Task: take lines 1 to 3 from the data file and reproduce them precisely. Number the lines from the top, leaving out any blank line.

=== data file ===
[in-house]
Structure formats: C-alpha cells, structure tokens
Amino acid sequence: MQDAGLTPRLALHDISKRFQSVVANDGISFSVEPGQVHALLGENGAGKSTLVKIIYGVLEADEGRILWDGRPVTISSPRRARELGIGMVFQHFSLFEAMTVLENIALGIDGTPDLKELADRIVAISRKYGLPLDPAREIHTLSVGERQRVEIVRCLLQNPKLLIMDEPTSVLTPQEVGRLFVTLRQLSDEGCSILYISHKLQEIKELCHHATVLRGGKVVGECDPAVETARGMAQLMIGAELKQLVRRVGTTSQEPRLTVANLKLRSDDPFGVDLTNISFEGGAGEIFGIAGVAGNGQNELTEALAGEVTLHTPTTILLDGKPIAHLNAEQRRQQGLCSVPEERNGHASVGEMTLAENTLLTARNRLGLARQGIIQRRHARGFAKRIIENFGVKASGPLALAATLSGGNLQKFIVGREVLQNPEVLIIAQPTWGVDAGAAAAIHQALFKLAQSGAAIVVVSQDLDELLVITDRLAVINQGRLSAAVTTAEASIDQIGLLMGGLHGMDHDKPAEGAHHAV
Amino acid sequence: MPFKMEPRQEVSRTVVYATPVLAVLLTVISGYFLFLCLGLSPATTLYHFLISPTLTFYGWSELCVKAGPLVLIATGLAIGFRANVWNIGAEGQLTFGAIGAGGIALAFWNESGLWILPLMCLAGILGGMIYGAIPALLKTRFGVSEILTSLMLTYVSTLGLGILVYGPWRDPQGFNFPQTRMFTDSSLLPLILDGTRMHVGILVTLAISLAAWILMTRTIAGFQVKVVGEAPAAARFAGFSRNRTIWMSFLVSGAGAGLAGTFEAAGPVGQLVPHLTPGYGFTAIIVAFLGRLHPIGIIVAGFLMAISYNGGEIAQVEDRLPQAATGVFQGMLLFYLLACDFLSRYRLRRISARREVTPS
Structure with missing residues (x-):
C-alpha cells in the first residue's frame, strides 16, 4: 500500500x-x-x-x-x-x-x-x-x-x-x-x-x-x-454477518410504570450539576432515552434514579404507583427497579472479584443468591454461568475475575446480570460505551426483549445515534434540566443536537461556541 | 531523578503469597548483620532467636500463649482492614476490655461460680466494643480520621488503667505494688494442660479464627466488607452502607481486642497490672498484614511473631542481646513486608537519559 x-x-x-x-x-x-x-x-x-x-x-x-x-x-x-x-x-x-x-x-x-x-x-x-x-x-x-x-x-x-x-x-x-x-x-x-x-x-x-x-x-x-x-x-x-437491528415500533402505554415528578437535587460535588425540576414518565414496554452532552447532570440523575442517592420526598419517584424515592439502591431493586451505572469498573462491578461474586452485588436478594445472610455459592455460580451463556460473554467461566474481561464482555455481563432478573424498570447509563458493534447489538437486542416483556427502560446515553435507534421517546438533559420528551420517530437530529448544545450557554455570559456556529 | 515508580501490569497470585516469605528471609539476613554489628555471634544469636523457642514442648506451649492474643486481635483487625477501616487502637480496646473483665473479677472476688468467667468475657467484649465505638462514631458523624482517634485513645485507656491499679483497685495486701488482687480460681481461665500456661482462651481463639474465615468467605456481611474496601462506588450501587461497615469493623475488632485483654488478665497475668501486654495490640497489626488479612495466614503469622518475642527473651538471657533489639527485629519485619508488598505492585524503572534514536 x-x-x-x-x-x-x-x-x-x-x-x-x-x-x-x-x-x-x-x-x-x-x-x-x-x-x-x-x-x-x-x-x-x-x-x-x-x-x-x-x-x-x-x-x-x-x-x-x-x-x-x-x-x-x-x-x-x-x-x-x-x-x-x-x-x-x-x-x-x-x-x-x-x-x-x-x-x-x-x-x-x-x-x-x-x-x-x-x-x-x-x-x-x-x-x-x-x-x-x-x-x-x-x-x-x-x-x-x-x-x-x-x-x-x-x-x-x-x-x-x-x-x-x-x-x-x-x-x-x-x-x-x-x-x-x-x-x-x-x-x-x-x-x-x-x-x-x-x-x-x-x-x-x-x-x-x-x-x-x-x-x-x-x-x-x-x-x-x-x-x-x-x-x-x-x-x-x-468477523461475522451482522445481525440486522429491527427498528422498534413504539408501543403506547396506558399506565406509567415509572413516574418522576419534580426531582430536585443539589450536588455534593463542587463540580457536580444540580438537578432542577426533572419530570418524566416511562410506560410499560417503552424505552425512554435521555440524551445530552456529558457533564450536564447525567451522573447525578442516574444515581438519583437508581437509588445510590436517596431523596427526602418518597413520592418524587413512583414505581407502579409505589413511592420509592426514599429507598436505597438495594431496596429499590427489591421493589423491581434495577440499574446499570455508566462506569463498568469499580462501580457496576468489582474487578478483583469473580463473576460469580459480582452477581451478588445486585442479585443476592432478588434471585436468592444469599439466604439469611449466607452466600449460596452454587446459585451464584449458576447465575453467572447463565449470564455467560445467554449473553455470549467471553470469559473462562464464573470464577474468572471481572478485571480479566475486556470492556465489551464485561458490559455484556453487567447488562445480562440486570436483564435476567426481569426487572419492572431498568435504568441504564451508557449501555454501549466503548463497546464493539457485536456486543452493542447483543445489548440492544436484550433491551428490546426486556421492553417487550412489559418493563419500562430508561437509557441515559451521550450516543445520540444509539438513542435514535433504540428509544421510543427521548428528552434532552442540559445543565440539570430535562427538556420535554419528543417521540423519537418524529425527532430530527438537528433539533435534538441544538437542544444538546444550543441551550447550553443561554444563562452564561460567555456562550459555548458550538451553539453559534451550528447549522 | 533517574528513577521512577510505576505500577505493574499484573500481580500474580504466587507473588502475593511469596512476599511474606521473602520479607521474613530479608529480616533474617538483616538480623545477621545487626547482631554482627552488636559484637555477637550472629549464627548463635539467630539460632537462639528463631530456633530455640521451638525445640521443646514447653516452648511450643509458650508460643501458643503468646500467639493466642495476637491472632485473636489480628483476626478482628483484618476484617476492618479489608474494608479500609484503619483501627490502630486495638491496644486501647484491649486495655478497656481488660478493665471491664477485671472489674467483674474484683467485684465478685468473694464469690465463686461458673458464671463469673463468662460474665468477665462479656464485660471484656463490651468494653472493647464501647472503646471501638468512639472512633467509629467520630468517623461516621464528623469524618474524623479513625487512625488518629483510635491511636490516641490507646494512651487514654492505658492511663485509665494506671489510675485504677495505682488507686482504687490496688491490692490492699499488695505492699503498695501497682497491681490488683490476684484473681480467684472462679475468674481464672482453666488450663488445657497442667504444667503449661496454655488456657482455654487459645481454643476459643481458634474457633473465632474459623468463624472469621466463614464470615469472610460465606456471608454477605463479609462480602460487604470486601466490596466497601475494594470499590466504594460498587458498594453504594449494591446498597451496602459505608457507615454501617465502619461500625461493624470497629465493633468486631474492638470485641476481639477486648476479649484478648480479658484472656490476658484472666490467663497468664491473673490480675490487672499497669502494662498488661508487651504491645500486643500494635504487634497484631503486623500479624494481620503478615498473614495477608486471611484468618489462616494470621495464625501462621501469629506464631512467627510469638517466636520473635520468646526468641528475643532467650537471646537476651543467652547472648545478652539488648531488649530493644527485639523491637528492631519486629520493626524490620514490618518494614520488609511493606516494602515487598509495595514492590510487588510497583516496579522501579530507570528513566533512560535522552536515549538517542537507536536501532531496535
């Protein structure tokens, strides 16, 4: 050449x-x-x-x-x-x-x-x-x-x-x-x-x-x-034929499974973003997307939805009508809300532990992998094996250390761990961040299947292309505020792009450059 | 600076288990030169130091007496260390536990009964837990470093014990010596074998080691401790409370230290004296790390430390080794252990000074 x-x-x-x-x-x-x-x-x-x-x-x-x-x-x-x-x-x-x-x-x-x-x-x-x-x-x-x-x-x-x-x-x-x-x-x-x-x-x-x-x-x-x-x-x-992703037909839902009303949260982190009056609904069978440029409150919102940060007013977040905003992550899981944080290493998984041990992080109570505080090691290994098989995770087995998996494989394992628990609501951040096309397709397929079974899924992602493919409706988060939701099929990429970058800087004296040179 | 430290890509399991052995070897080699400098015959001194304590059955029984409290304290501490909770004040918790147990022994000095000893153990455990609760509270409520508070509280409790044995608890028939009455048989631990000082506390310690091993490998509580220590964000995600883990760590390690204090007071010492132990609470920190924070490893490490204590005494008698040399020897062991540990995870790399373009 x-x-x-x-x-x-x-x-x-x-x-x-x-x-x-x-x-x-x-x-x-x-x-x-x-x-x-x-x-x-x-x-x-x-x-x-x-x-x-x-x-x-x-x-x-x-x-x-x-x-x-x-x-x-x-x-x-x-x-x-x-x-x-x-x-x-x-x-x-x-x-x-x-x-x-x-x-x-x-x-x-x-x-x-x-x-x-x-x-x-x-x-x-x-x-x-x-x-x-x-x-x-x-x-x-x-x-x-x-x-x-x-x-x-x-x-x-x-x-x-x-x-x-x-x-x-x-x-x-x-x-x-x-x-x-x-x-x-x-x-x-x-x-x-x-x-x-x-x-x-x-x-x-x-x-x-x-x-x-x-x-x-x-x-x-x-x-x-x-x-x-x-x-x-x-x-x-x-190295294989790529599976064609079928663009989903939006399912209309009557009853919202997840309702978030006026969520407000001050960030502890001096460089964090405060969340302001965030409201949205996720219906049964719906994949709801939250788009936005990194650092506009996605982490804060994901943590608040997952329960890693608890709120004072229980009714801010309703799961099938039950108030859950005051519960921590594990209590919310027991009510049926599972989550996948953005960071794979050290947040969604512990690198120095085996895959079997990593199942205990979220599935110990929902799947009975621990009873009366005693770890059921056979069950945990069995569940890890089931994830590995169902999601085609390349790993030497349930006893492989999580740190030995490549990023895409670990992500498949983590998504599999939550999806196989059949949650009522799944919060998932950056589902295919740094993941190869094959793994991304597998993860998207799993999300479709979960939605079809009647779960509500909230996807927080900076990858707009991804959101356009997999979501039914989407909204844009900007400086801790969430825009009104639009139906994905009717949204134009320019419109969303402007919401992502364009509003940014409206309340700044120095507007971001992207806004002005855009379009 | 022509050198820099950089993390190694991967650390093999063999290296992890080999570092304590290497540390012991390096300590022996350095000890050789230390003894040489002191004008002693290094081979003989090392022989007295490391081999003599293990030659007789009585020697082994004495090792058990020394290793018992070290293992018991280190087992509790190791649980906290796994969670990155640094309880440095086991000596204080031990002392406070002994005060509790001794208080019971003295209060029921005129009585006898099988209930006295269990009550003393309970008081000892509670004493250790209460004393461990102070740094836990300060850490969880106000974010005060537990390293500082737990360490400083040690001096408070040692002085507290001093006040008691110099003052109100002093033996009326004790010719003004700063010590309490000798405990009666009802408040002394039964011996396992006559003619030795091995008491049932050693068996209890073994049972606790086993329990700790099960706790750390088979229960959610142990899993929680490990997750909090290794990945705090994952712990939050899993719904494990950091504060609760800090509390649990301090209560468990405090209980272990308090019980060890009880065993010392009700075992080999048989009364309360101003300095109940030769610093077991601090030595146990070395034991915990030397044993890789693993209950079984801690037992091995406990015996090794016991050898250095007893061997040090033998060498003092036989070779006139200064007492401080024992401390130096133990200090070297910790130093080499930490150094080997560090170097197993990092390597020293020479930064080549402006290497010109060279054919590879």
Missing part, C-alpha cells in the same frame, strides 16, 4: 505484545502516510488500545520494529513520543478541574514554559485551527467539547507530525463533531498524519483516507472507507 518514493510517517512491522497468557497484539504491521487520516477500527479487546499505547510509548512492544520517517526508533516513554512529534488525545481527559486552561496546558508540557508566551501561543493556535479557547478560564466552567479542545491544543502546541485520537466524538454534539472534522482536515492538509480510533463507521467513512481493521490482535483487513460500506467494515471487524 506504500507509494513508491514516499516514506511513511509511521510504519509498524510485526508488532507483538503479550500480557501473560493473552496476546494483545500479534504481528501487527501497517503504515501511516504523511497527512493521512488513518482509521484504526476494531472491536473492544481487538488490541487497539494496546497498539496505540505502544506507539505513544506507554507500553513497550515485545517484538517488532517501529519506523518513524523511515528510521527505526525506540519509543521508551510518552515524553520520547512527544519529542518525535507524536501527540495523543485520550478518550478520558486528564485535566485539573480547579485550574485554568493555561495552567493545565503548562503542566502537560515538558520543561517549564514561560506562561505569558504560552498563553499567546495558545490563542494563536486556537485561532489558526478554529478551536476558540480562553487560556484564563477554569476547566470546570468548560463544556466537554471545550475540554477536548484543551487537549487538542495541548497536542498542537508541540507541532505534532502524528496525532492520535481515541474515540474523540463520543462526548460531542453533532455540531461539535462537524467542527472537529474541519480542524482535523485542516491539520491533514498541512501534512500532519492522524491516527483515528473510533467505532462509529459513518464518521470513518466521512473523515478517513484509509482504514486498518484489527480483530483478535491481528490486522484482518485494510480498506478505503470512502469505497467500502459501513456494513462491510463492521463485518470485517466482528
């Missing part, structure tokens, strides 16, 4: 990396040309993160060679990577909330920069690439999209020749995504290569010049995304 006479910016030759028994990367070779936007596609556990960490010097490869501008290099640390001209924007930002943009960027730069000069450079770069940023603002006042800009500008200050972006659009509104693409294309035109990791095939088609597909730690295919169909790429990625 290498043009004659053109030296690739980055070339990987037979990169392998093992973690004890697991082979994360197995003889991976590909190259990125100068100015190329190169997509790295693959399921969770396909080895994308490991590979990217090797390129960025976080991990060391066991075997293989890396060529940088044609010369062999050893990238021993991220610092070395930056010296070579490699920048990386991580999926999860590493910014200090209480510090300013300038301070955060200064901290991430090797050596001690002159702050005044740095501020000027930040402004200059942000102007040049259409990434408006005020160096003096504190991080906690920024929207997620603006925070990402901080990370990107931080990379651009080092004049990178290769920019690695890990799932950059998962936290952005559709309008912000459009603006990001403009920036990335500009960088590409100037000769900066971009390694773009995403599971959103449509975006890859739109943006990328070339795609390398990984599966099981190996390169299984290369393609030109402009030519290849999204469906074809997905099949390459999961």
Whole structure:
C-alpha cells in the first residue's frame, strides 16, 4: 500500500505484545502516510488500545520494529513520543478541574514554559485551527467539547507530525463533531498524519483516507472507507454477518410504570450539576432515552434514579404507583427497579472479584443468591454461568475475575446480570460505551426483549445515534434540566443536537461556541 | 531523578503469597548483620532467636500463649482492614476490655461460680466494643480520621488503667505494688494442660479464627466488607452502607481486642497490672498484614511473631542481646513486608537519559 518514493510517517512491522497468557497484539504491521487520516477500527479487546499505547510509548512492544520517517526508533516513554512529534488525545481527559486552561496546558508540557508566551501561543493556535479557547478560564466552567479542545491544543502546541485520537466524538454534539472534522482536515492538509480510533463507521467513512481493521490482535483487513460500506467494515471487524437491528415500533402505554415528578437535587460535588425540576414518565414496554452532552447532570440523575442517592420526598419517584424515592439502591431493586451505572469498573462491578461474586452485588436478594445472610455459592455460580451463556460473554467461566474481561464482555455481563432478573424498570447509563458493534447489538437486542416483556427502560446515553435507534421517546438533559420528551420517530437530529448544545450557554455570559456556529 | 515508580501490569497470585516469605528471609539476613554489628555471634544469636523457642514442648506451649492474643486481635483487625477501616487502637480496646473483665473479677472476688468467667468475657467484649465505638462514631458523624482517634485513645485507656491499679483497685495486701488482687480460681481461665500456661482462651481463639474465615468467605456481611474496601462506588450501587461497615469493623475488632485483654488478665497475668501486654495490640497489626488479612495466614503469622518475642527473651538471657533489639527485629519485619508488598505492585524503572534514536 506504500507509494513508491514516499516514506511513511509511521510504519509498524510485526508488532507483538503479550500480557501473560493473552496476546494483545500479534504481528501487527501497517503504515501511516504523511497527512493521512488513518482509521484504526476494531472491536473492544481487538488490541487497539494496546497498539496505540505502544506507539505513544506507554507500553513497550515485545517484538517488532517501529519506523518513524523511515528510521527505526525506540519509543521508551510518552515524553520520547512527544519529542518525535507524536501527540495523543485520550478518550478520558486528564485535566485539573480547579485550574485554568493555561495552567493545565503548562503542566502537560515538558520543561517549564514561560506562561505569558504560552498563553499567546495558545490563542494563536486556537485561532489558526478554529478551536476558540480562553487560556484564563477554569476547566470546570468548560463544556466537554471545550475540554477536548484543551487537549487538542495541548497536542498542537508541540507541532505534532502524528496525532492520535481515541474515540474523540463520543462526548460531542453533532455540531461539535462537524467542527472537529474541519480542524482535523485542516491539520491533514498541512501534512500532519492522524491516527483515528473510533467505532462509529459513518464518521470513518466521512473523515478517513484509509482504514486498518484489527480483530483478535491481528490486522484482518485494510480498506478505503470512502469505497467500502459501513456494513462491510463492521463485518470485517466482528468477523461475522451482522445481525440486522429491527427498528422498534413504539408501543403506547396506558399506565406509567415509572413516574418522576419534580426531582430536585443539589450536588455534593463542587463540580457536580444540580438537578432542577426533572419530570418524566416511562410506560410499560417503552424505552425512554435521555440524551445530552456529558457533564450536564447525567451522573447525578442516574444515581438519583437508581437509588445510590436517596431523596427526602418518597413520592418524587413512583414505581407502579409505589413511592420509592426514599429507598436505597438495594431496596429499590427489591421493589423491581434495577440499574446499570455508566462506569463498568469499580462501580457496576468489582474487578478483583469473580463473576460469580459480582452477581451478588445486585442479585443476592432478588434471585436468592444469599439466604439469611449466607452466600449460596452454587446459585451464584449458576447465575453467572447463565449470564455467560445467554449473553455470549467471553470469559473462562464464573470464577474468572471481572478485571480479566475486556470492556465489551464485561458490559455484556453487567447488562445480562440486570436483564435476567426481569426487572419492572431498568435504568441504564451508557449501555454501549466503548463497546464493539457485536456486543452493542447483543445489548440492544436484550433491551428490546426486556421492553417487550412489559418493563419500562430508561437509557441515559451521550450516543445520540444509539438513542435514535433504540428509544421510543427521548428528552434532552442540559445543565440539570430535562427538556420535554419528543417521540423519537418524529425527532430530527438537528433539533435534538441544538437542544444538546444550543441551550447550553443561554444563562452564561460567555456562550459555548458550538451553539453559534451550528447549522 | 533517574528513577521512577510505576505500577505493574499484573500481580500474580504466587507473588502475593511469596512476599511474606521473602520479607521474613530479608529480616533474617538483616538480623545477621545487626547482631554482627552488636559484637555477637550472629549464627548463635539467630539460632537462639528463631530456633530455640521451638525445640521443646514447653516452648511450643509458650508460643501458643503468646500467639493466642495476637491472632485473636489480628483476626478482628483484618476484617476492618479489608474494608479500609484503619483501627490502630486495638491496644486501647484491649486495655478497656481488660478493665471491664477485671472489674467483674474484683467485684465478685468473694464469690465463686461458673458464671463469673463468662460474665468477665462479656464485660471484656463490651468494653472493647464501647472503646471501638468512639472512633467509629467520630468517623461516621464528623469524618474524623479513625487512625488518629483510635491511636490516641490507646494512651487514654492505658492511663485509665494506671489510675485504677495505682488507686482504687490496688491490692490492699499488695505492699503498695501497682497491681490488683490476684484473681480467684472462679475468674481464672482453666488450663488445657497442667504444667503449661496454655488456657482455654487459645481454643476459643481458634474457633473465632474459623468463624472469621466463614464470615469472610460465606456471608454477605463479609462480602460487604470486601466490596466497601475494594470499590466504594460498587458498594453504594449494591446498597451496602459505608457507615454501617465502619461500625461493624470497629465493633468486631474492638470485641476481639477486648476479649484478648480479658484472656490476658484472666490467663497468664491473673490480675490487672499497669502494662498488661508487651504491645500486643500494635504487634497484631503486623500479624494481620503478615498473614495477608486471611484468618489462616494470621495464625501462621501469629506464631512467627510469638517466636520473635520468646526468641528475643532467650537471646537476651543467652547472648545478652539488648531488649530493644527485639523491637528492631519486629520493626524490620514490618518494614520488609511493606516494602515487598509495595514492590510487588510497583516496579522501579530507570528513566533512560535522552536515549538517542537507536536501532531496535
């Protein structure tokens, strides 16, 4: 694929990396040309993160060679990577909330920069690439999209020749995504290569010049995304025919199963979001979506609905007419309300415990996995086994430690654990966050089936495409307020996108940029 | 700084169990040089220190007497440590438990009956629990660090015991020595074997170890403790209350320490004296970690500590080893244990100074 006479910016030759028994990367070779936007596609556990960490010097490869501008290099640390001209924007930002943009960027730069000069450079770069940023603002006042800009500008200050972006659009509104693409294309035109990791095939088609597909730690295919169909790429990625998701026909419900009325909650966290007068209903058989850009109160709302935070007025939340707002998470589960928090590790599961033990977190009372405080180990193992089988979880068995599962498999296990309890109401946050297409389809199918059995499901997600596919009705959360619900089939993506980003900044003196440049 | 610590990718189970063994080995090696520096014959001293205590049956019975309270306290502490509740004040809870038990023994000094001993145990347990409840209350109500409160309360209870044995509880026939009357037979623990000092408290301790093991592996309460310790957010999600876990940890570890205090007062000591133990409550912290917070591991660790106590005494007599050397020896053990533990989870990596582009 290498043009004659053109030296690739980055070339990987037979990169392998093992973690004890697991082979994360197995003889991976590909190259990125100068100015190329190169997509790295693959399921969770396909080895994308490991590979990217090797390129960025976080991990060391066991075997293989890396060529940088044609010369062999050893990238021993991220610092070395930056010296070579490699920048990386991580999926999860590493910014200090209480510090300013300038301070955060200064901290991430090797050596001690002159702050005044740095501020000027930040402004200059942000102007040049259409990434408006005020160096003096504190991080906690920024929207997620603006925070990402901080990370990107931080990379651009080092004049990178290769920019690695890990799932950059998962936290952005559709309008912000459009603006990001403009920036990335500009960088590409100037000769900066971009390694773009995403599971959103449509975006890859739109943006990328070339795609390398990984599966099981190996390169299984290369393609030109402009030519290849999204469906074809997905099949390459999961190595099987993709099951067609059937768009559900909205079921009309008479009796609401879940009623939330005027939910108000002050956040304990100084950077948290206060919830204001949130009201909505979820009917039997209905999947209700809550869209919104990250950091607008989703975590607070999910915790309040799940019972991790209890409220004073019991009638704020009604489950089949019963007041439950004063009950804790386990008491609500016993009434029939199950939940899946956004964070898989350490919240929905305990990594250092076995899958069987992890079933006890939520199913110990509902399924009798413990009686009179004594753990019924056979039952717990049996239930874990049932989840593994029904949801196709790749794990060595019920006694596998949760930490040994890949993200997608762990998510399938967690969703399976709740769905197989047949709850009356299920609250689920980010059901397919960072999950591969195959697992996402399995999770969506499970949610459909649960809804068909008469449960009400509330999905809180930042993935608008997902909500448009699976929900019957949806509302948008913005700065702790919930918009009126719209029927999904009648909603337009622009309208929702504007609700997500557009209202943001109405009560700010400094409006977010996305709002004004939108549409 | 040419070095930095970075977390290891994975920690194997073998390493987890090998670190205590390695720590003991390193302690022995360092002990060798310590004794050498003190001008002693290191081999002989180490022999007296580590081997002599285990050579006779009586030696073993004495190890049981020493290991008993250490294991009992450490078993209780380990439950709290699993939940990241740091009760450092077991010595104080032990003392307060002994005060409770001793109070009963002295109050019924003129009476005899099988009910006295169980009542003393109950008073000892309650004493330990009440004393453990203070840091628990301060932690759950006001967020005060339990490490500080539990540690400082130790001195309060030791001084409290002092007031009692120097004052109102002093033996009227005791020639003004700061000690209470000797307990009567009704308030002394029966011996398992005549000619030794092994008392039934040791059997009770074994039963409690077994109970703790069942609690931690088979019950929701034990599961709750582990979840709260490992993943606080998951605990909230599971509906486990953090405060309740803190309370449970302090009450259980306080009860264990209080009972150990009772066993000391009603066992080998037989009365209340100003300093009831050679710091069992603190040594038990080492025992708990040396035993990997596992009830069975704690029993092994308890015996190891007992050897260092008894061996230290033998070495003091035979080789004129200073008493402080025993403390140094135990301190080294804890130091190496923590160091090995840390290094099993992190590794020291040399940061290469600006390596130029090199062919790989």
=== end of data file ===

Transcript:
[in-house]
Structure formats: C-alpha cells, structure tokens
Amino acid sequence: MQDAGLTPRLALHDISKRFQSVVANDGISFSVEPGQVHALLGENGAGKSTLVKIIYGVLEADEGRILWDGRPVTISSPRRARELGIGMVFQHFSLFEAMTVLENIALGIDGTPDLKELADRIVAISRKYGLPLDPAREIHTLSVGERQRVEIVRCLLQNPKLLIMDEPTSVLTPQEVGRLFVTLRQLSDEGCSILYISHKLQEIKELCHHATVLRGGKVVGECDPAVETARGMAQLMIGAELKQLVRRVGTTSQEPRLTVANLKLRSDDPFGVDLTNISFEGGAGEIFGIAGVAGNGQNELTEALAGEVTLHTPTTILLDGKPIAHLNAEQRRQQGLCSVPEERNGHASVGEMTLAENTLLTARNRLGLARQGIIQRRHARGFAKRIIENFGVKASGPLALAATLSGGNLQKFIVGREVLQNPEVLIIAQPTWGVDAGAAAAIHQALFKLAQSGAAIVVVSQDLDELLVITDRLAVINQGRLSAAVTTAEASIDQIGLLMGGLHGMDHDKPAEGAHHAV